Using the Past to Teach the Future

by William Childs

We’re all born creative. As children, our imagination flows freely. But, as we age and life starts to hack away at our childlike wonderment, it slowly gets depleted and drained out of us, which I find tragically sad. Unfortunately, our current high school educational model isn’t structured to support environments where students are encouraged to explore their creativity, wonderment, or curiosity openly. Instead, creativity is viewed as childish and of no inherent value or something that should only be done during an art class. As an international educational advisor, Sir Ken Robinson said about education reform, “If you can light the spark of curiosity in a child, they will learn without further assistance. Creativity is as important in education as literacy, and we should treat it with the same status.” I believe that as we age and move through the different phases of life, our childlike wonderment gets replaced with adult responsibilities, and we lose touch with our inner genius. Things like conformity, fear of rejection, and a strong desire to ‘fit in’ become more significant concerns. Then, as we enter the workplace, many of us no longer have the appetite to stand out or go against the status quo, the things companies need to remain relevant.

 It’s time for me to stop hoping this situation improves and do something about it. So, I have decided to embark on a new adventure. This Fall, I’ll be one of the new Advertising Design teachers (Level 1) at Lehigh Career & Technical Institute. For years, there’s been a shift in the collective consciousness regarding students seeking skill-based careers who don’t feel a four-year college or university is right for them. I know because I was one of them. My high school back then didn’t offer Commercial Art as a career choice, so I chose to attend LCTI. It was the right decision because I wanted to start work immediately after graduating. I valued the training I received at LCTI and greatly admired and respected the teachers who helped prepare me to enter the workforce back in 1983. I’m humbled and honored to now join their ranks.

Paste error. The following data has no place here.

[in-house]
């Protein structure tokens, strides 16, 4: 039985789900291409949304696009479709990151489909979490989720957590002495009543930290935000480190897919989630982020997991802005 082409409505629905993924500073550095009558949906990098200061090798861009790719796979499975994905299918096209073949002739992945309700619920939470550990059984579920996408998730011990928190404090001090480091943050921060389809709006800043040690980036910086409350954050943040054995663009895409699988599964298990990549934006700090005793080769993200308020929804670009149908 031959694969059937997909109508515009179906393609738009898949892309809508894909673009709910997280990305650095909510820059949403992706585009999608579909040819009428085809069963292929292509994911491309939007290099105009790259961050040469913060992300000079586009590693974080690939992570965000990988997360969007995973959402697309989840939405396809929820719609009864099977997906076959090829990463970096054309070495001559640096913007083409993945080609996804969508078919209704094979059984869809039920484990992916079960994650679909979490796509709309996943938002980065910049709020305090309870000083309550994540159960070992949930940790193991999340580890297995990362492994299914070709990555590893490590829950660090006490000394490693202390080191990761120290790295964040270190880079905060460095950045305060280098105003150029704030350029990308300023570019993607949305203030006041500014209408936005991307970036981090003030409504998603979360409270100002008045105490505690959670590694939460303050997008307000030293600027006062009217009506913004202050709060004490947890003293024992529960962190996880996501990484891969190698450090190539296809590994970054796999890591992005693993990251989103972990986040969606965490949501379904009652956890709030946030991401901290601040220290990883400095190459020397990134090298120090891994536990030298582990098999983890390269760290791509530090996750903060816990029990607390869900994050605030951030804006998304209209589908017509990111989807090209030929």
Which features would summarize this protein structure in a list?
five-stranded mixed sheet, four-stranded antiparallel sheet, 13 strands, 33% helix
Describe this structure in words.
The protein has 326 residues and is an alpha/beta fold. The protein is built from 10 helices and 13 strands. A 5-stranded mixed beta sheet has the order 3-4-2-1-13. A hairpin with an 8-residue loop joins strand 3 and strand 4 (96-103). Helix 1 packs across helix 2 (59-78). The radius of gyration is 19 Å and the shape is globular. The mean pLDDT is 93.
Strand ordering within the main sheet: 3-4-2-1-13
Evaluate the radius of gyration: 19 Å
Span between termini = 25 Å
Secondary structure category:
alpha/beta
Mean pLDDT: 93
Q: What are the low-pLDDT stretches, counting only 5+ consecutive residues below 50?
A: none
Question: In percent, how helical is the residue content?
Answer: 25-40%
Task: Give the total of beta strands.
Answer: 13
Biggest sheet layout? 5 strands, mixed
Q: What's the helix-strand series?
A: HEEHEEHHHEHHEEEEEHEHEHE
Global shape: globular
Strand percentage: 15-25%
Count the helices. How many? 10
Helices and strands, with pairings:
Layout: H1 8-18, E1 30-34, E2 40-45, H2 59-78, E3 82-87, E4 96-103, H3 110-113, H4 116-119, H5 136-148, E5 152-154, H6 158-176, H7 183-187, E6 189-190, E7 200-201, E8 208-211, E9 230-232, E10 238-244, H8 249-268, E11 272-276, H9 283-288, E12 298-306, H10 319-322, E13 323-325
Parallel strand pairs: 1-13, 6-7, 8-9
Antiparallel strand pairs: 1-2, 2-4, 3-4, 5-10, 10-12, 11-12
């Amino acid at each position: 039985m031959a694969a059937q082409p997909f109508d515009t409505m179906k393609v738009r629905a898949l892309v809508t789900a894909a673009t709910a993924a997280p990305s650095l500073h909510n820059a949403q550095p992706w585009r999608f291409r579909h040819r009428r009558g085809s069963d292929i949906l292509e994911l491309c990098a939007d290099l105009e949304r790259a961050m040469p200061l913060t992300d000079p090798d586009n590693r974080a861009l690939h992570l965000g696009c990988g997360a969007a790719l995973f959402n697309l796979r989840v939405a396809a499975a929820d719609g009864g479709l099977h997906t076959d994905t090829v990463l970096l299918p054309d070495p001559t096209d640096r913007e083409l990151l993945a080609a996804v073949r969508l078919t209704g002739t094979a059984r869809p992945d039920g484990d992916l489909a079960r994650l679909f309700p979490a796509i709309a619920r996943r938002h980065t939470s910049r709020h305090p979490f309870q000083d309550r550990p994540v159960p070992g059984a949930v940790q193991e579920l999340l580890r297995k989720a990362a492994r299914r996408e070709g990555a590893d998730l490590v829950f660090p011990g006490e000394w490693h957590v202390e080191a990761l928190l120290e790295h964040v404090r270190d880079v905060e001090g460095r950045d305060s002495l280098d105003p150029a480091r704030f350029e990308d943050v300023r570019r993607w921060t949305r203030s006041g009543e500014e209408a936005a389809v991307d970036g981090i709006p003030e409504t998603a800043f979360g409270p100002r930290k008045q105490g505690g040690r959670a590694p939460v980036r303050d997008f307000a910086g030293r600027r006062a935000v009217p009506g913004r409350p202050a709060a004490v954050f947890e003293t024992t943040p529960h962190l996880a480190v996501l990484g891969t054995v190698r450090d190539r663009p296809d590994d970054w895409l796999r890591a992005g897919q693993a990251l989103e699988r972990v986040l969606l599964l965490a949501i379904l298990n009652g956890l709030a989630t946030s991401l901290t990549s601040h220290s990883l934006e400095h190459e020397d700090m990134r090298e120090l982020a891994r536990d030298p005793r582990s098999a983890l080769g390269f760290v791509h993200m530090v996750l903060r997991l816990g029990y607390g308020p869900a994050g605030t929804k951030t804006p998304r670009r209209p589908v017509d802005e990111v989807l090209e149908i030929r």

One of the approaches I’m excited about sharing in my class is a technique known as divergent thinking. Divergent thinking is a process or method of creative thought that works by exploring as many solutions as possible. It typically occurs spontaneously, in a free-flowing, non-linear, non-judgmental manner, and includes a diverse group of individuals. The technique is a great way to foster an environment at a company where everyone contributes to the growth of the business. Schools have traditionally taught a convergent model of thinking, which is the solution to a problem being deduced by applying established rules and logical reasoning. Not very inspiring or creative. During my advertising career, it was apparent that the results were tangible whenever a business embraced a culture where divergent thinking was encouraged and celebrated. The product was always better, the employees were happier, and the company drove bottom-line revenue off the ideas. Conversely, I saw the opposite occur when a divergent thinking model was not present. People were unhappy, the culture was often toxic, and revenue lagged. Mike Rowe, the former host of ‘Dirty Jobs’ and a big proponent of a trade school education, said, “Some jobs pay better, some jobs smell better. But work is never the enemy, regardless of the wage. Because somewhere between the job and the paycheck, there’s a thing called opportunity, which needs to be pursued.” With that sentiment, I’m excited to share what I’ve

learned with the next generation. Of course, every career has challenges, and teaching is no different. But I can’t think of anything more appropriate for me to be doing than playing a small role in helping to guide young adults as they work toward shaping their future and, ultimately, all of ours.

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